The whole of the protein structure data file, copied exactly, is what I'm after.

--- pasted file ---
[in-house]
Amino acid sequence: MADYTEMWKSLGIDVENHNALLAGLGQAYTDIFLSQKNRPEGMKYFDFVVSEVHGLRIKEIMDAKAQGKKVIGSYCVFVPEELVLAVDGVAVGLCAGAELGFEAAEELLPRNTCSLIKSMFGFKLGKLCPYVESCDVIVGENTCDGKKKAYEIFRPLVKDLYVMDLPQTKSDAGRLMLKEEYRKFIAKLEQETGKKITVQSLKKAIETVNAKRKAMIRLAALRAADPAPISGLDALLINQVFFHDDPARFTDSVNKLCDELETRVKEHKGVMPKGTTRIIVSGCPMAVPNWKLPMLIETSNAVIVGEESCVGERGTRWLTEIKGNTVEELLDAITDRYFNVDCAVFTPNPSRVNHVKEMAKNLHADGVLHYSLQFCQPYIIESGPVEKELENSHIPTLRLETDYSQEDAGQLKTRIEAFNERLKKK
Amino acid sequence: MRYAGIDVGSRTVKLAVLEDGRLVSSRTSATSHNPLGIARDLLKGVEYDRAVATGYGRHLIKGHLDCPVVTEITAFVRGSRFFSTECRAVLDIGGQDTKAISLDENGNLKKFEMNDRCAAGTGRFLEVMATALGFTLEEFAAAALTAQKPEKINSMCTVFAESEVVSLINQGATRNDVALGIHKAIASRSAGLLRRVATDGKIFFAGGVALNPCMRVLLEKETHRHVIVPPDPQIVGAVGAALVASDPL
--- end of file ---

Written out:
[in-house]
Amino acid sequence: MADYTEMWKSLGIDVENHNALLAGLGQAYTDIFLSQKNRPEGMKYFDFVVSEVHGLRIKEIMDAKAQGKKVIGSYCVFVPEELVLAVDGVAVGLCAGAELGFEAAEELLPRNTCSLIKSMFGFKLGKLCPYVESCDVIVGENTCDGKKKAYEIFRPLVKDLYVMDLPQTKSDAGRLMLKEEYRKFIAKLEQETGKKITVQSLKKAIETVNAKRKAMIRLAALRAADPAPISGLDALLINQVFFHDDPARFTDSVNKLCDELETRVKEHKGVMPKGTTRIIVSGCPMAVPNWKLPMLIETSNAVIVGEESCVGERGTRWLTEIKGNTVEELLDAITDRYFNVDCAVFTPNPSRVNHVKEMAKNLHADGVLHYSLQFCQPYIIESGPVEKELENSHIPTLRLETDYSQEDAGQLKTRIEAFNERLKKK
Amino acid sequence: MRYAGIDVGSRTVKLAVLEDGRLVSSRTSATSHNPLGIARDLLKGVEYDRAVATGYGRHLIKGHLDCPVVTEITAFVRGSRFFSTECRAVLDIGGQDTKAISLDENGNLKKFEMNDRCAAGTGRFLEVMATALGFTLEEFAAAALTAQKPEKINSMCTVFAESEVVSLINQGATRNDVALGIHKAIASRSAGLLRRVATDGKIFFAGGVALNPCMRVLLEKETHRHVIVPPDPQIVGAVGAALVASDPL